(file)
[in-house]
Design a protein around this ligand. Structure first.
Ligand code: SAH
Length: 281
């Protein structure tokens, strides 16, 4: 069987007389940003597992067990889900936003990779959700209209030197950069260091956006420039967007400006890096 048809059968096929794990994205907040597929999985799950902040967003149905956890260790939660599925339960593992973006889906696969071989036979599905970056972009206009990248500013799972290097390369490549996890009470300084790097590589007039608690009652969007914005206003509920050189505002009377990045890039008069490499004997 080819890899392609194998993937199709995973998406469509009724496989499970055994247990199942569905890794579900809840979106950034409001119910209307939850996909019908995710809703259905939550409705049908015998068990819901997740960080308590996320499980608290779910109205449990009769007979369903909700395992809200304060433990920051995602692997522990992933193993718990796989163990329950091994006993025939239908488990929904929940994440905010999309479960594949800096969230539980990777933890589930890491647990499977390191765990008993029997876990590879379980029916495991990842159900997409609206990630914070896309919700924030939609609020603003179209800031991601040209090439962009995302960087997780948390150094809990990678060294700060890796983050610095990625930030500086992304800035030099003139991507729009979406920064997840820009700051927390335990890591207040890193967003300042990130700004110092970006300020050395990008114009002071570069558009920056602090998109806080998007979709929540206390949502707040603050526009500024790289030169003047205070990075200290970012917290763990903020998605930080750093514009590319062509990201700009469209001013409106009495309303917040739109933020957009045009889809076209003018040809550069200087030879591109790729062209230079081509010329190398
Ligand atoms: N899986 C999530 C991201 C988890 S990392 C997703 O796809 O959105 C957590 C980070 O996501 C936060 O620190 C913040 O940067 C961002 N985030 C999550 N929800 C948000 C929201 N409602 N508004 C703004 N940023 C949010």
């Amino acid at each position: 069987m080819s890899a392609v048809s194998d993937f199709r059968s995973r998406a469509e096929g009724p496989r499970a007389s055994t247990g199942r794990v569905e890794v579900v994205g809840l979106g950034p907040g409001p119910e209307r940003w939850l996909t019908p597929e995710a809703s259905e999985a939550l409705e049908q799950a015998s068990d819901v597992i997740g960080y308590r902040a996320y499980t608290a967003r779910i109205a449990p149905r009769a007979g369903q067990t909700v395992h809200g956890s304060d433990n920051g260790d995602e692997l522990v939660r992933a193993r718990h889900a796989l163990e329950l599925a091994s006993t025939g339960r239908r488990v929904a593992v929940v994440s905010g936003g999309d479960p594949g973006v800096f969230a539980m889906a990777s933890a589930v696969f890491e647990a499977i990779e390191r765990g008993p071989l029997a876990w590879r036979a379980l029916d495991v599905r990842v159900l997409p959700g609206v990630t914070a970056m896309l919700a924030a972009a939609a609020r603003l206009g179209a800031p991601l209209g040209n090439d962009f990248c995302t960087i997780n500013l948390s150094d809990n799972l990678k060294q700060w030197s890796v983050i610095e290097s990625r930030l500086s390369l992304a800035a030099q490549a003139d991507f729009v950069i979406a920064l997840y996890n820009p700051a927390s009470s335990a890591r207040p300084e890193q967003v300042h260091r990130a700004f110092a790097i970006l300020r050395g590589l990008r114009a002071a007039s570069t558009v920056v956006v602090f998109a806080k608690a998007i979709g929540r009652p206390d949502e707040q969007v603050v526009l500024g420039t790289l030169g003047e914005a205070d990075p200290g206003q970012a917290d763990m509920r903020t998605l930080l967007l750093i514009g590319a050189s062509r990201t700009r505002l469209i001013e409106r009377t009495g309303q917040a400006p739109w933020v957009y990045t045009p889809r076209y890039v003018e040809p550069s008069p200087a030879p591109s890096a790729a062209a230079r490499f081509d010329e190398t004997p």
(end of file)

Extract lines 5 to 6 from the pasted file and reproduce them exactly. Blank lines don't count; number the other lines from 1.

């Protein structure tokens, strides 16, 4: 069987007389940003597992067990889900936003990779959700209209030197950069260091956006420039967007400006890096 048809059968096929794990994205907040597929999985799950902040967003149905956890260790939660599925339960593992973006889906696969071989036979599905970056972009206009990248500013799972290097390369490549996890009470300084790097590589007039608690009652969007914005206003509920050189505002009377990045890039008069490499004997 080819890899392609194998993937199709995973998406469509009724496989499970055994247990199942569905890794579900809840979106950034409001119910209307939850996909019908995710809703259905939550409705049908015998068990819901997740960080308590996320499980608290779910109205449990009769007979369903909700395992809200304060433990920051995602692997522990992933193993718990796989163990329950091994006993025939239908488990929904929940994440905010999309479960594949800096969230539980990777933890589930890491647990499977390191765990008993029997876990590879379980029916495991990842159900997409609206990630914070896309919700924030939609609020603003179209800031991601040209090439962009995302960087997780948390150094809990990678060294700060890796983050610095990625930030500086992304800035030099003139991507729009979406920064997840820009700051927390335990890591207040890193967003300042990130700004110092970006300020050395990008114009002071570069558009920056602090998109806080998007979709929540206390949502707040603050526009500024790289030169003047205070990075200290970012917290763990903020998605930080750093514009590319062509990201700009469209001013409106009495309303917040739109933020957009045009889809076209003018040809550069200087030879591109790729062209230079081509010329190398
Ligand atoms: N899986 C999530 C991201 C988890 S990392 C997703 O796809 O959105 C957590 C980070 O996501 C936060 O620190 C913040 O940067 C961002 N985030 C999550 N929800 C948000 C929201 N409602 N508004 C703004 N940023 C949010």